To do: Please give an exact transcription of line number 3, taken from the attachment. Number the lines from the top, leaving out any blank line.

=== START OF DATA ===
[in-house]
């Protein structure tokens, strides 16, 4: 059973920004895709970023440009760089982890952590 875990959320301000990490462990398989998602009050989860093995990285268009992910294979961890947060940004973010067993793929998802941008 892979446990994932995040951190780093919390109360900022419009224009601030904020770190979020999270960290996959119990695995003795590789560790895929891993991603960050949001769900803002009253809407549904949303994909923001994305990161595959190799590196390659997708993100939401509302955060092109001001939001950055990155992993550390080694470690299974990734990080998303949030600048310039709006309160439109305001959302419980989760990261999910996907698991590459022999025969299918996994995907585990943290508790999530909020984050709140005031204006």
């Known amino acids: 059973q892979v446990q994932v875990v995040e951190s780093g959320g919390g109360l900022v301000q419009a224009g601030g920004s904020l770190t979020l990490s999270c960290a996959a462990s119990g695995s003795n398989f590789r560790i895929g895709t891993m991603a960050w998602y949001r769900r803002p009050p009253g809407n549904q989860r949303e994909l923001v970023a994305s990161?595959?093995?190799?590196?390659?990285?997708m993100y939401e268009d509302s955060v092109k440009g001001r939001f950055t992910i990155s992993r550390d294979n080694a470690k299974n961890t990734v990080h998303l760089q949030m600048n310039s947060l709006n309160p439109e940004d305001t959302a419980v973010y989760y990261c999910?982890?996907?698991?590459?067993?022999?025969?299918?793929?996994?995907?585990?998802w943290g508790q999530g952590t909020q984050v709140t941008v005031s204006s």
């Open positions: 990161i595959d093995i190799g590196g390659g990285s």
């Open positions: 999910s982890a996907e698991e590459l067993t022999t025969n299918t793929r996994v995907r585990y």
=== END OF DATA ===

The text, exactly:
């Known amino acids: 059973q892979v446990q994932v875990v995040e951190s780093g959320g919390g109360l900022v301000q419009a224009g601030g920004s904020l770190t979020l990490s999270c960290a996959a462990s119990g695995s003795n398989f590789r560790i895929g895709t891993m991603a960050w998602y949001r769900r803002p009050p009253g809407n549904q989860r949303e994909l923001v970023a994305s990161?595959?093995?190799?590196?390659?990285?997708m993100y939401e268009d509302s955060v092109k440009g001001r939001f950055t992910i990155s992993r550390d294979n080694a470690k299974n961890t990734v990080h998303l760089q949030m600048n310039s947060l709006n309160p439109e940004d305001t959302a419980v973010y989760y990261c999910?982890?996907?698991?590459?067993?022999?025969?299918?793929?996994?995907?585990?998802w943290g508790q999530g952590t909020q984050v709140t941008v005031s204006s």